Clean the Iron

Wipe the tip of the hot iron on the damp sponge to clean off any oxidation.

Do not use files or abrasives to clean the tip.  It will damage the plating and ruin the tip.

Tin the Tip

Apply a small amount of solder to the tip and wipe again to tin the tip.  You should have a thin, shiny layer of molten solder on the tip of your iron.

If the tip is badly oxidized and difficult to tin, it can usually be reconditioned with some tip-tinning paste.

Make sure that the joint is clean

Dirt, oxidation and oily fingerprints can prevent the solder from wetting the solder-pad to create a solid joint.  All Adafruit boards are plated to prevent oxidation, but if your board appears dirty from storage or handling, wipe it down with a little isopropyl alcohol.

Immobilize the Joint

This is very important!  The parts being joined must not move during the soldering process.  If there is any movement as the molten solder is solidifying, you will end up with an unreliable 'cold joint'.

Most through-hole components can be immobilized by simply bending the leads on the solder-side of the hole.

Steady the Board

A vise is a good way to keep the board from moving around while you try to solder it.

Once the joint is clean and immobilized, you are ready to apply the solder.
Once you have prepared the your tools and the joint to be soldered, making a good solder joint requires just a few simple steps.

Heat the joint

Heat the joint with the tip of the iron.  Be sure to heat both the solder pad and the component lead or pin.  A small drop of solder on the tip will help to transfer the heat to the joint quickly.

Apply the solder

Touch the end of the solder to the joint so that it contacts both the solder pad and the component lead or pin.  It should melt and flow smoothly onto both the pin and the pad.   If the solder does not flow, heat the joint for another second or two and try again. 

Let It Flow

Keep heating the solder and allow it to flow into the joint. It should fill the hole and flow smoothly onto both the solder pad and the pin or component lead.

Let It Cool

Once enough solder has been added to the joint and it has flowed well onto both the component lead and the solder pad, remove the iron from the joint and allow it to cool undisturbed.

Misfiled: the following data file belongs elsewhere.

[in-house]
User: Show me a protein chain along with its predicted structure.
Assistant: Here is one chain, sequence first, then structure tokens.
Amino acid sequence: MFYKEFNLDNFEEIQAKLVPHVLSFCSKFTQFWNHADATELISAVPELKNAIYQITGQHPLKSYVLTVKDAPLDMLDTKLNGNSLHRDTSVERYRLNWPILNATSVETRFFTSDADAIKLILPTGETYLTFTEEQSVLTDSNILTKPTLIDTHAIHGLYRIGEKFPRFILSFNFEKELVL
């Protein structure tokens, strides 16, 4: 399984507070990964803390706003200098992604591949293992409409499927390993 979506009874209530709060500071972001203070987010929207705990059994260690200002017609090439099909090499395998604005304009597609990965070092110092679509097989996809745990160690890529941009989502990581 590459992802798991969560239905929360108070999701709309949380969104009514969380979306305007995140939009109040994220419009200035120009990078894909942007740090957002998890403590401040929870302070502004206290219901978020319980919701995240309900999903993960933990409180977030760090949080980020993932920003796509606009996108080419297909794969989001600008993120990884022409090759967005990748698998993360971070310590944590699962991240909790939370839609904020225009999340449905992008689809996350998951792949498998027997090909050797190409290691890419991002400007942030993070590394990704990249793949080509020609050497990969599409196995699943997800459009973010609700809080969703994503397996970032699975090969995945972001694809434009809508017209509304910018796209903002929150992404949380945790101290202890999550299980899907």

Trim the Lead

Use your diagonal cutters to trim the lead close to the board.

Note: This step applies only to components with wire leads.  It is not necessary to trim the pins on Integrated circuit chips or sockets.


Reward yourself with a Soldering Badge.


The last page of this guide illustrates a number of common soldering problems with advice on prevention and repair.
The previous page showed how to make a good through-hole joint.  But more and more components are only available in surface mount form these days.  Not all surface mount packages are easily worked by hand, but there are plenty that can be managed with the same basic tools used for through-hole soldering.

Let's start with a surface-mount part common to several Adafruit kits: The SD Card Holder:

Immobilize the Joint

Unlike many surface mount components, immobilizing the SD card holder is relatively easy.  There are small pegs on the back that fit into positioning holes in the board.  Once it is in place, solder the four small corner tabs to make it permanent.

Heat the Joint

Start by putting the tip of the hot iron on the solder pad adjacent to the pin.  The pad will take longer to heat, so we apply most of the heat to the pad to start.

Apply the Solder

When the joint is hot, apply solder to the side opposite the iron.  The solder should melt and start to flow into the joint.

Let it Flow

Apply just enough solder to ensure a good joint, then keep the heat on while the solder wicks up between the pin and the pad to make a good electrical bond.

Let it Cool

Remove the iron and allow the joint to cool undisturbed.


The last page of this guide illustrates a number of common soldering problems with advice on prevention and repair. 

The Ideal Solder Joint

The ideal solder joint for through-hole components should resemble the diagram below.
The photos that follow show some common soldering problems, with suggestions for repair and prevention:

Disturbed Joint

A Disturbed joint is one that has been subjected to movement as the solder was solidifying.  The surface of the joint may appear frosted, crystalline or rough.

Often called a 'Cold Joint'.  They can look similar to a true cold joint, but the cause is different.

Repair: This joint can be repaired by reheating and allowing it to cool undisturbed.

Prevention:  Proper preparation, including immobilizing the joint and stabilizing the work in a vise can prevent disturbed joints.

Cold Joint

A 'Cold Joint' is one where the solder did not melt completely. It is often characterized by a rough or lumpy surface. Cold joints are unreliable. The solder bond will be poor and the cracks may develop in the joint over time.

Repair: Cold joints can usually be repaired by simply re-heating the joint with a hot iron until the solder flows. Many cold joints (such as the one pictured) also suffer from too much solder. The excess solder can usually be drawn-off with the tip of the iron.

A properly pre-heated soldering iron with sufficient power will help prevent cold joints.

Overheated Joint

At the other extreme, we have the overheated joint. The solder has not yet flowed well and the residue of burnt flux will make fixing this joint difficult.

Repair: An overheated joint can usually be repaired after cleaning. Careful scraping with the tip of a knife, or little isopropyl alcohol & a toothbrush will remove the burnt flux.

Prevention: A clean, hot soldering iron, proper preparation and cleaning of the joint will help prevent overheated joints.

Insufficient Wetting (Pad)